Thirdly, God delights in emotion. I do not advise or recommend a stoical philosophy of beauty. Our modern conceptions of beauty center around feelings and emotion, and yet a biblical view of beauty is Truth. Herein lies the conflict. It is critical to understand that emotions are not the enemy. They are not sinful. They are not flimsy and shallow and something to stuff inside a box and hope nobody notices. They fill our lives with an essential part of our humanness and there is freedom in Christ to express all kinds of emotions—especially through prayer to God. The question posed is what are you doing with your emotions? Are your emotions, as you encounter beauty, directing you toward worship of God or directing you away from Him? As you observe your blade of grass and colorful fall leaf are you taking the emotions of wonder back up to God in praise?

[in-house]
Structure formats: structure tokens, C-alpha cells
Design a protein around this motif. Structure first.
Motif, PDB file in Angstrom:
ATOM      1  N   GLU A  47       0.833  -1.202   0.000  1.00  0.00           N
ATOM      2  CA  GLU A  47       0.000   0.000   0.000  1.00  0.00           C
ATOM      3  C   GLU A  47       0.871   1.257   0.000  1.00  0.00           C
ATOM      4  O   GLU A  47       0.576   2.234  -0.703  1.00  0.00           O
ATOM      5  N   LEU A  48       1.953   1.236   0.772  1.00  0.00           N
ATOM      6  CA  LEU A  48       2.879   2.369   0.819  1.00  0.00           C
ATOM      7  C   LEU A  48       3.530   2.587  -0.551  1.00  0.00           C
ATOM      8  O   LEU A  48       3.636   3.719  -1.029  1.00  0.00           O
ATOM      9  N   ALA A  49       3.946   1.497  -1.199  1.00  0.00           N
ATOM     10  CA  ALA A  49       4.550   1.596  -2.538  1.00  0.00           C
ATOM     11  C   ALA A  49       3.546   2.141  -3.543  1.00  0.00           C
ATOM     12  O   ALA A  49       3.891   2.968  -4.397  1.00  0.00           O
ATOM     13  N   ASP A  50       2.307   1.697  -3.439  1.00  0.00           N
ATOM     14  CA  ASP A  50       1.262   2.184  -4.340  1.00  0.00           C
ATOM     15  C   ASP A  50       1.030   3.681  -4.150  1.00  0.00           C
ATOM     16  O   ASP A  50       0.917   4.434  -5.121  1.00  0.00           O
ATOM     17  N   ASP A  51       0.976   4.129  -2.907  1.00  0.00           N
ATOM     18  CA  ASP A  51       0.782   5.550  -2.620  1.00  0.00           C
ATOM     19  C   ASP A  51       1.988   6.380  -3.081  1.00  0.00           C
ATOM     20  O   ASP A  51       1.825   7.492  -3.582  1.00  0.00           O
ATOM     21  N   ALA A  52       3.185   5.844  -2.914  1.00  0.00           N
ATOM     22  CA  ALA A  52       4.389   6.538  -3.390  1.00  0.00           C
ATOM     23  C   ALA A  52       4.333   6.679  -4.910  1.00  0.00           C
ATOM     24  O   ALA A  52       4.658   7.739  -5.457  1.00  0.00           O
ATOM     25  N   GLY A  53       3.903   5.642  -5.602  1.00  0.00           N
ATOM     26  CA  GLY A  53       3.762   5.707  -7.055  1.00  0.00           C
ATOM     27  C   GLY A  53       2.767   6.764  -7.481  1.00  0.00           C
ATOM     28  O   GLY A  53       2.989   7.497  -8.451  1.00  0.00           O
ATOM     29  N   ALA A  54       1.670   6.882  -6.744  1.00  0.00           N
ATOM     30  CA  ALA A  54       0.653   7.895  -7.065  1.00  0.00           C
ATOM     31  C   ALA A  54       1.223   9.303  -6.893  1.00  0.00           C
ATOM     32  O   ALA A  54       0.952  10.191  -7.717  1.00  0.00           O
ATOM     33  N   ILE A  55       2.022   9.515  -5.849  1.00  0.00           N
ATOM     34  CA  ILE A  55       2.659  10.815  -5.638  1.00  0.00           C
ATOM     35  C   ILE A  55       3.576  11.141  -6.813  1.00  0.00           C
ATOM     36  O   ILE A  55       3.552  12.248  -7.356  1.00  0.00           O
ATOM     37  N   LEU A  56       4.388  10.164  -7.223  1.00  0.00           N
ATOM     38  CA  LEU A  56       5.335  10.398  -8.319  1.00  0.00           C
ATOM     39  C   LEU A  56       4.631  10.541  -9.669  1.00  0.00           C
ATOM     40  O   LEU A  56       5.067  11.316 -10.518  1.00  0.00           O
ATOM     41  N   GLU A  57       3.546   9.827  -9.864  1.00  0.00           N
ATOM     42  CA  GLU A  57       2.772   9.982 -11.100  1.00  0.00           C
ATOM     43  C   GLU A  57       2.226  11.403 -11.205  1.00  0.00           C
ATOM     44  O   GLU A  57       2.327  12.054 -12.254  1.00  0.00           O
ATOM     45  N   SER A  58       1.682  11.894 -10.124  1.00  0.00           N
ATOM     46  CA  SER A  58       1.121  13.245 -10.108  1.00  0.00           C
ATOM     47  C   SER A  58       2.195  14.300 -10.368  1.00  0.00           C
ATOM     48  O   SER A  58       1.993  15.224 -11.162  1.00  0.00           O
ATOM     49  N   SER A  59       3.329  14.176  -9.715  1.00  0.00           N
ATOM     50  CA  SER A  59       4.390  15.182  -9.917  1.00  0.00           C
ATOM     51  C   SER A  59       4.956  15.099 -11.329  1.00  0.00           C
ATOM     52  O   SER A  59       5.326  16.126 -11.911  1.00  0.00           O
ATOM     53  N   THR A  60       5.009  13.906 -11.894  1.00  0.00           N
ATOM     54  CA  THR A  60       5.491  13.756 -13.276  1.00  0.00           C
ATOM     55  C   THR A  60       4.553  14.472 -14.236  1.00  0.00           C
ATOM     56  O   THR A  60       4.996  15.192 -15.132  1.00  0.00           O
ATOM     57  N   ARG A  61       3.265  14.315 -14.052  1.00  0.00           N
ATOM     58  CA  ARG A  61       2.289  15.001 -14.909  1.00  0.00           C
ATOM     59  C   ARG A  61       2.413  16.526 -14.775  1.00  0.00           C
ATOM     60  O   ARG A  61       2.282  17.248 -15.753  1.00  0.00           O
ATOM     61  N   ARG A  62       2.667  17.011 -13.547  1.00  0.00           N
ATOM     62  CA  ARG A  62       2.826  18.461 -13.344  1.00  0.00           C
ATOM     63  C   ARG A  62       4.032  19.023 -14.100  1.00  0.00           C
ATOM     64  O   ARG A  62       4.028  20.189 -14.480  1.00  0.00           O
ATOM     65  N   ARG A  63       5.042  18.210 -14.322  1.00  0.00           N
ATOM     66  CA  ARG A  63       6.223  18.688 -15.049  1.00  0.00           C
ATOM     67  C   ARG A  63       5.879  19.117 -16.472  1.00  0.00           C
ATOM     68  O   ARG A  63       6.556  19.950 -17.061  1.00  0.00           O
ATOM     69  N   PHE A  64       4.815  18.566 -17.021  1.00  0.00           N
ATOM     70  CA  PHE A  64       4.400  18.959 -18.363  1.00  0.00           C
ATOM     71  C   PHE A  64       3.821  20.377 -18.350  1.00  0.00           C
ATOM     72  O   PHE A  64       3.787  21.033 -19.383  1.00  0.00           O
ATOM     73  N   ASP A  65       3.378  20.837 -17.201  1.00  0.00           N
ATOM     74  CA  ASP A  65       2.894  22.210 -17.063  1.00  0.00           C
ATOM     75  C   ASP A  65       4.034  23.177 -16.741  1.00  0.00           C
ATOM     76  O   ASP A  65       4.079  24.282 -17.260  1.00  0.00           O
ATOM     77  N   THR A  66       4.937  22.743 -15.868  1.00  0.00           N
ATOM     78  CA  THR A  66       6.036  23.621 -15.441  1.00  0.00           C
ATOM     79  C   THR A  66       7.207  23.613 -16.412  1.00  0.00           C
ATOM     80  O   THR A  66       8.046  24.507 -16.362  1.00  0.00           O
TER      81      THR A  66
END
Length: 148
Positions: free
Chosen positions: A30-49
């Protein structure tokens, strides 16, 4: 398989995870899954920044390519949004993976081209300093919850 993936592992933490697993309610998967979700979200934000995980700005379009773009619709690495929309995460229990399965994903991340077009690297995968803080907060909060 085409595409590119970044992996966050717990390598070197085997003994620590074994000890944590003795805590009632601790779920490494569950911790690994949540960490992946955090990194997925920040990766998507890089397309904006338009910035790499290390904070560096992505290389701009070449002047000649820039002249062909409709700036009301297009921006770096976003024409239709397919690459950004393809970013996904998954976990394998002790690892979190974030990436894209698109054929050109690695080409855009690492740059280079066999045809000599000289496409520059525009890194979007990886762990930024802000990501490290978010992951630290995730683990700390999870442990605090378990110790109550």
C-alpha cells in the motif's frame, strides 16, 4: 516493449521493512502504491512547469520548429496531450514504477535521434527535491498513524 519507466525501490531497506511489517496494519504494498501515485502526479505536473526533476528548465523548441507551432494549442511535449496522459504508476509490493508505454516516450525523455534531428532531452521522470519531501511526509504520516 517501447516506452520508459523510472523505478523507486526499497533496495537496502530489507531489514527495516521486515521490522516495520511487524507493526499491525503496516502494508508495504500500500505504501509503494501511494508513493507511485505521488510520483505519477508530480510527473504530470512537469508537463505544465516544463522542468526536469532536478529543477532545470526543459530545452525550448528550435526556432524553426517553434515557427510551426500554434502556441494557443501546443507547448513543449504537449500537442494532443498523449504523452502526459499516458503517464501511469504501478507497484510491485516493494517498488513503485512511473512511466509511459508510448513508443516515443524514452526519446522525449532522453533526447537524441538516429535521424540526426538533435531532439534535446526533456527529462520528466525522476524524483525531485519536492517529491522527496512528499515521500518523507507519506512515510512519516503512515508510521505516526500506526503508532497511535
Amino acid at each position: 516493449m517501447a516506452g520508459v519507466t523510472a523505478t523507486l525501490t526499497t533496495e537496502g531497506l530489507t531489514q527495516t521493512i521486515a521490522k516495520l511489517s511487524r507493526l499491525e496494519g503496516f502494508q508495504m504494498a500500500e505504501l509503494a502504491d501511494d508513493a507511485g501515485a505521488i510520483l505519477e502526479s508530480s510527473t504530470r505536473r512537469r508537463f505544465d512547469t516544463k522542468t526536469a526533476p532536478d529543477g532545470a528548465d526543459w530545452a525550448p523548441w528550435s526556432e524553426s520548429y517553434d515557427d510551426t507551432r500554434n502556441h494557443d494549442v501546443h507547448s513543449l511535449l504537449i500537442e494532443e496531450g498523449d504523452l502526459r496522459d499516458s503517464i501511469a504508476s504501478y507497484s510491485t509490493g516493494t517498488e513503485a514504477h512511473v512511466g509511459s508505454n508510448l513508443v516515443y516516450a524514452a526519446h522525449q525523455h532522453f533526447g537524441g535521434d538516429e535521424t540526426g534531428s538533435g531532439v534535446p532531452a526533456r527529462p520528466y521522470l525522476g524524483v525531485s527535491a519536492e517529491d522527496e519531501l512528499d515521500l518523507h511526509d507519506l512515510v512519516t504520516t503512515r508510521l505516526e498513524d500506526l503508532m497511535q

Bauer Evans says, “Believe the Gospel until Christ be sweet again.” In a similar way, we need to believe the truth of beauty even while we are not tasting its sweetness. We need to enfold ourselves with the mundaneness that makes up our lives knowing that it is beautiful because of Christ—and not that the mundane is, itself, beautiful. It may seem like a threadbare difference, but the evidences of drastically different lives are lived between those two lines.